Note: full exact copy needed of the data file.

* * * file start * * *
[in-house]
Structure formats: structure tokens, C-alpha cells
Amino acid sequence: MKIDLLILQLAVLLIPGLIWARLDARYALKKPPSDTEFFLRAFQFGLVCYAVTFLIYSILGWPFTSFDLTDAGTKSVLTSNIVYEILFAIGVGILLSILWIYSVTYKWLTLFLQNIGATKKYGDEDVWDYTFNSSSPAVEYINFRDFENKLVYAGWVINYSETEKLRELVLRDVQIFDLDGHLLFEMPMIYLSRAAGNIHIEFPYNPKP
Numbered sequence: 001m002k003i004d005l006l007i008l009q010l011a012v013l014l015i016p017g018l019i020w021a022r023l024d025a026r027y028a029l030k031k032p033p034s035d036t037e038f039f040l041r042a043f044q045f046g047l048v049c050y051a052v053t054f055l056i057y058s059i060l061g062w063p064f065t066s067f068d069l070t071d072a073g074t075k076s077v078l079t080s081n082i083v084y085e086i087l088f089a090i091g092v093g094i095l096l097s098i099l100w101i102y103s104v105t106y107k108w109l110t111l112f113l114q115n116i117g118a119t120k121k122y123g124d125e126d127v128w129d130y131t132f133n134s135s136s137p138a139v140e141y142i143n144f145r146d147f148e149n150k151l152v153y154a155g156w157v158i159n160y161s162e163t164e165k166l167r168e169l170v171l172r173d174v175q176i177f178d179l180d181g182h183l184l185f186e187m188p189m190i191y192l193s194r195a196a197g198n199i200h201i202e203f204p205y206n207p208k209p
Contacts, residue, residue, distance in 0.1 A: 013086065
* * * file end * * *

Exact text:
[in-house]
Structure formats: structure tokens, C-alpha cells
Amino acid sequence: MKIDLLILQLAVLLIPGLIWARLDARYALKKPPSDTEFFLRAFQFGLVCYAVTFLIYSILGWPFTSFDLTDAGTKSVLTSNIVYEILFAIGVGILLSILWIYSVTYKWLTLFLQNIGATKKYGDEDVWDYTFNSSSPAVEYINFRDFENKLVYAGWVINYSETEKLRELVLRDVQIFDLDGHLLFEMPMIYLSRAAGNIHIEFPYNPKP
Numbered sequence: 001m002k003i004d005l006l007i008l009q010l011a012v013l014l015i016p017g018l019i020w021a022r023l024d025a026r027y028a029l030k031k032p033p034s035d036t037e038f039f040l041r042a043f044q045f046g047l048v049c050y051a052v053t054f055l056i057y058s059i060l061g062w063p064f065t066s067f068d069l070t071d072a073g074t075k076s077v078l079t080s081n082i083v084y085e086i087l088f089a090i091g092v093g094i095l096l097s098i099l100w101i102y103s104v105t106y107k108w109l110t111l112f113l114q115n116i117g118a119t120k121k122y123g124d125e126d127v128w129d130y131t132f133n134s135s136s137p138a139v140e141y142i143n144f145r146d147f148e149n150k151l152v153y154a155g156w157v158i159n160y161s162e163t164e165k166l167r168e169l170v171l172r173d174v175q176i177f178d179l180d181g182h183l184l185f186e187m188p189m190i191y192l193s194r195a196a197g198n199i200h201i202e203f204p205y206n207p208k209p
Contacts, residue, residue, distance in 0.1 A: 013086065